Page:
There are a large number of barriers to sports participation for both young boys and girls, but from our research, we know that there are many more for girls. Barriers are complicated, complex, numerous and depend a great deal on the social position of the girl. For some families, it’s money, for some it’s transportation, and for some it could be access to quality coaches. No matter the barrier a young female athlete faces, here are three ways parents and schools can encourage girls to become involved, and maintain involvement, in sports.

  1. For parents, finding an activity the girl likes and enjoys is of utmost importance. It could be anything: basketball, cross country, yoga, dance, etc. You can best help by presenting the options available and then letting the girls choose.
  2. For schools, offer programs girls want. As Title IX states, gender equity is required for boys and girls in every educational program that receives federal funding.
  3. Parents and schools can work together to hire quality coaches who know what they’re doing and who ensure a physical, emotional and psychologically safe environment for all sport participants.

4 Ways to Support Women’s Sports

There are four simple things you can do if you want sustainable women’s sports—or better yet, growth (these aren’t new ideas, but they are worth saying again).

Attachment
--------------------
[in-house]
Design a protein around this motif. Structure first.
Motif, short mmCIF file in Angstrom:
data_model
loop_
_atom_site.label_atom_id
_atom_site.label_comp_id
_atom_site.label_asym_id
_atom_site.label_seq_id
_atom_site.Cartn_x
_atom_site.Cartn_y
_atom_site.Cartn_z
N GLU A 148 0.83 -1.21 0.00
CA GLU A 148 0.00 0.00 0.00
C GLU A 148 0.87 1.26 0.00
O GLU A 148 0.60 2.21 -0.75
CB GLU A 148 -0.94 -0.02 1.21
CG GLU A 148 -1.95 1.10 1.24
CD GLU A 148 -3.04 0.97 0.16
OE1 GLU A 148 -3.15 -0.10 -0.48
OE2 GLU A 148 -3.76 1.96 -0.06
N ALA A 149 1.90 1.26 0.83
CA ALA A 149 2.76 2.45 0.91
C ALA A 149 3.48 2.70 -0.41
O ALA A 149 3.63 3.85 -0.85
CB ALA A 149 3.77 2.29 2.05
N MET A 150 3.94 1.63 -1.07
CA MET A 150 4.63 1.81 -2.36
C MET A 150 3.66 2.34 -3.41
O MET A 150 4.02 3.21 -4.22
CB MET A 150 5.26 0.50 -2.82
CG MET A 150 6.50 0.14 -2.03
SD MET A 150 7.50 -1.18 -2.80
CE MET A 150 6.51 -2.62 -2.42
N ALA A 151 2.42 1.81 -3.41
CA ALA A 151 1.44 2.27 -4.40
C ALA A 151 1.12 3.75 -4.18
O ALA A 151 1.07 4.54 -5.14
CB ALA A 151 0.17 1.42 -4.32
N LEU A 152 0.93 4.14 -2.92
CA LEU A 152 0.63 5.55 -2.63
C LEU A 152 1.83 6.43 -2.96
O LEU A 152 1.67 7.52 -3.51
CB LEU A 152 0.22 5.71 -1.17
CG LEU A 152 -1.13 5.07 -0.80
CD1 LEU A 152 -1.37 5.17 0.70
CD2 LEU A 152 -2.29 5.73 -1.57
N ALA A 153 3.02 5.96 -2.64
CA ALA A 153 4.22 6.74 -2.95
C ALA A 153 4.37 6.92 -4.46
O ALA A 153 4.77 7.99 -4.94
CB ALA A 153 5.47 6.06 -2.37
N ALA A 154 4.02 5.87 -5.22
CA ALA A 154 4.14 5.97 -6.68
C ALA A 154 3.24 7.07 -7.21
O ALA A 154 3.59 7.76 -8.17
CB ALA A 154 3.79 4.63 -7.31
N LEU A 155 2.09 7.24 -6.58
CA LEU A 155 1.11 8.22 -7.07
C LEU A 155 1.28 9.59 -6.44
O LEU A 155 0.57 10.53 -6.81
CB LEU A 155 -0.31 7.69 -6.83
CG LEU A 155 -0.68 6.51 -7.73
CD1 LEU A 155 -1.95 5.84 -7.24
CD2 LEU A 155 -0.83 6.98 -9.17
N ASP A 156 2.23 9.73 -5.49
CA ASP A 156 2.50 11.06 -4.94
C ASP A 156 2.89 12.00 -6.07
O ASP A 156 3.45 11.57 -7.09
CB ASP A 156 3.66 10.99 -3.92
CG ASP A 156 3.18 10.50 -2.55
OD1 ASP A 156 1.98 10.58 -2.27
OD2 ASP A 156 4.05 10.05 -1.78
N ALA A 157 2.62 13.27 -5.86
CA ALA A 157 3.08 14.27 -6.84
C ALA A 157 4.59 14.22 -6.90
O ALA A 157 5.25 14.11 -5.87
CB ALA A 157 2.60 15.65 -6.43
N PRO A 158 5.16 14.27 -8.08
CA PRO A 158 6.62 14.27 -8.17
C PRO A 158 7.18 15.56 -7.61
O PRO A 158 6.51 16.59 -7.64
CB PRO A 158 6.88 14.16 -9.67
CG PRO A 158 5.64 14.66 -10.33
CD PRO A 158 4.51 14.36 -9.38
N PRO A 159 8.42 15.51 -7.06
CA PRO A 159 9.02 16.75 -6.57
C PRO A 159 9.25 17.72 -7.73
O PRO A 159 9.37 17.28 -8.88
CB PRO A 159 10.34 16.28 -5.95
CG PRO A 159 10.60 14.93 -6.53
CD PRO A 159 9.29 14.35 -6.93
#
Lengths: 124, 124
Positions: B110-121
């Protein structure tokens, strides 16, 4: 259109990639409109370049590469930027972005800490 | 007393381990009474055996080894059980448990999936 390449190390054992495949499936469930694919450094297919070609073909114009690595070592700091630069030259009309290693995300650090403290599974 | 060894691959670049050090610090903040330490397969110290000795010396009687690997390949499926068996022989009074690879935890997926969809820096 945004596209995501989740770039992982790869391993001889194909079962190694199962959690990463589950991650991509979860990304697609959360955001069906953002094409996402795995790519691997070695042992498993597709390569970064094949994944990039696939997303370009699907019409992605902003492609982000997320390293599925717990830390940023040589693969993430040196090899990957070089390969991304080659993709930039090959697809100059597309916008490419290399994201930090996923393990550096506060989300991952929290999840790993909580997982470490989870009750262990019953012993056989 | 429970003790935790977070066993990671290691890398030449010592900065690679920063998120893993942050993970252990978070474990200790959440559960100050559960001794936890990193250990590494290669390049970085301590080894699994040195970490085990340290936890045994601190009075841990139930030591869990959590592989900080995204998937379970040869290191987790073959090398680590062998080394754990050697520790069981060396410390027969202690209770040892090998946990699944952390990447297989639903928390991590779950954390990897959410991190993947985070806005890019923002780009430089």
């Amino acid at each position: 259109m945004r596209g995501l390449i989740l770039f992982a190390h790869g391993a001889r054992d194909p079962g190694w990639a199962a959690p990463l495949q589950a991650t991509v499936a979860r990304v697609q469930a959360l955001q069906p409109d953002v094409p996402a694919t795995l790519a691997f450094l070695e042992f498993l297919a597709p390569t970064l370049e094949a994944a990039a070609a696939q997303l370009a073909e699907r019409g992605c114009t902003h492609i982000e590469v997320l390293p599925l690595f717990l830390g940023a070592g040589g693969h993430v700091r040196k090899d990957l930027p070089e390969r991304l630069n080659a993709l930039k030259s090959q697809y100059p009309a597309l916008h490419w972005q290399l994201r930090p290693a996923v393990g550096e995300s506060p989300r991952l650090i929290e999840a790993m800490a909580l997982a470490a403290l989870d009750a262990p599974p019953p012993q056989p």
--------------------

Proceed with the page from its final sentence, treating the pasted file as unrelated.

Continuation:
1. Attend. If you have a college or professional team in your area, buy season tickets. If you can’t go to all the games, buy a full package and split it with someone or share your tickets with friends, colleagues, neighbors or family. Consider donating a ticket or two to a deserving girl, so she can attend and develop a love of sports.
  2. Watch. Tune in when women’s sports are on TV. Eyeballs on the screen matters a lot to networks and sponsors. The more viewers, the more advertising dollars and the more often networks will cover women’s athletics.
  3. Click. Get online and support those outlets that write legitimately about women’s sports. Then, share those stories via social media sites like Twitter and Facebook. Clicks show interest and lead to an increased ability to attract sponsorships, which is good for women’s sports!
  4. Advocate. When you don’t see a particular game or sport covered in the newspaper or TV (at a local, regional or national level), write a letter to the editor or network.

For more on women’s sports, visit my personal sport commentary blog One Sport Voice.

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Nicole M. LaVoi, Ph.D.

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Nicole M. LaVoi, Ph.D.

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2 thoughts on “Attend, Watch, Click & Advocate to Support Girls’ & Women’s Sports”

  1. Brian Gilbertson says:

    Sports are like religion, I’d prefer that people kept it to themselves. To me sports are not newsworthy…they’re just games. Just like I don’t care who shared what on Farmville, I also don’t care who scored what, who they played, etc. In any game, male or female. If you’re playing for media coverage then you’re probably playing for the wrong reason.

    1. CEHD says:

      Thanks for reading our blog. We hope others will share their opinions to keep the conversation going.